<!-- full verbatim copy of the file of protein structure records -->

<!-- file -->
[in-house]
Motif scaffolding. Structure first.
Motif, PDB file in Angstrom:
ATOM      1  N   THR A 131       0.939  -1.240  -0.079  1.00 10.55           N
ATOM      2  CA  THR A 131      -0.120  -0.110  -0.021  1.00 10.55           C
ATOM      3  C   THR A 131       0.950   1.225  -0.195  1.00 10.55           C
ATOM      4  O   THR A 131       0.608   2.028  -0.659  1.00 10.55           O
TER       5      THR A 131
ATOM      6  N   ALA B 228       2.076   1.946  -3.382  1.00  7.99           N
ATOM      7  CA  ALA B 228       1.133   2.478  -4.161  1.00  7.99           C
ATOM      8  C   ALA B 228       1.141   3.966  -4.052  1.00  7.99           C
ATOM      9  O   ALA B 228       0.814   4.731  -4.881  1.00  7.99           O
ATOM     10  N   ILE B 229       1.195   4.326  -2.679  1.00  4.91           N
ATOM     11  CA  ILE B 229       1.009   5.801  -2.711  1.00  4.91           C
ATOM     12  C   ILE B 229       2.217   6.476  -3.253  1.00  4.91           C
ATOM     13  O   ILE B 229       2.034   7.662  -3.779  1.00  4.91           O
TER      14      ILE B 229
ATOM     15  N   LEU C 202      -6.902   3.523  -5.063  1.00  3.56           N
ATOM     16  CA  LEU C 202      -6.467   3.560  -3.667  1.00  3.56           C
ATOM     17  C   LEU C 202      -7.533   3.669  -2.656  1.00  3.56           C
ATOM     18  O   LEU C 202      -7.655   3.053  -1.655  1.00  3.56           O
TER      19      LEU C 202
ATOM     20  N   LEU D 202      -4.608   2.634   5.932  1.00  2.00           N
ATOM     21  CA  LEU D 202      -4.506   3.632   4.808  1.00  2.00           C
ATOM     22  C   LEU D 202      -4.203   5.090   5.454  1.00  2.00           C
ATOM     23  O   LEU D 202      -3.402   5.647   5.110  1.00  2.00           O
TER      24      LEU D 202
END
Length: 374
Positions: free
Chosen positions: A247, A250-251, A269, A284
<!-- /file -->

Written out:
[in-house]
Motif scaffolding. Structure first.
Motif, PDB file in Angstrom:
ATOM      1  N   THR A 131       0.939  -1.240  -0.079  1.00 10.55           N
ATOM      2  CA  THR A 131      -0.120  -0.110  -0.021  1.00 10.55           C
ATOM      3  C   THR A 131       0.950   1.225  -0.195  1.00 10.55           C
ATOM      4  O   THR A 131       0.608   2.028  -0.659  1.00 10.55           O
TER       5      THR A 131
ATOM      6  N   ALA B 228       2.076   1.946  -3.382  1.00  7.99           N
ATOM      7  CA  ALA B 228       1.133   2.478  -4.161  1.00  7.99           C
ATOM      8  C   ALA B 228       1.141   3.966  -4.052  1.00  7.99           C
ATOM      9  O   ALA B 228       0.814   4.731  -4.881  1.00  7.99           O
ATOM     10  N   ILE B 229       1.195   4.326  -2.679  1.00  4.91           N
ATOM     11  CA  ILE B 229       1.009   5.801  -2.711  1.00  4.91           C
ATOM     12  C   ILE B 229       2.217   6.476  -3.253  1.00  4.91           C
ATOM     13  O   ILE B 229       2.034   7.662  -3.779  1.00  4.91           O
TER      14      ILE B 229
ATOM     15  N   LEU C 202      -6.902   3.523  -5.063  1.00  3.56           N
ATOM     16  CA  LEU C 202      -6.467   3.560  -3.667  1.00  3.56           C
ATOM     17  C   LEU C 202      -7.533   3.669  -2.656  1.00  3.56           C
ATOM     18  O   LEU C 202      -7.655   3.053  -1.655  1.00  3.56           O
TER      19      LEU C 202
ATOM     20  N   LEU D 202      -4.608   2.634   5.932  1.00  2.00           N
ATOM     21  CA  LEU D 202      -4.506   3.632   4.808  1.00  2.00           C
ATOM     22  C   LEU D 202      -4.203   5.090   5.454  1.00  2.00           C
ATOM     23  O   LEU D 202      -3.402   5.647   5.110  1.00  2.00           O
TER      24      LEU D 202
END
Length: 374
Positions: free
Chosen positions: A247, A250-251, A269, A284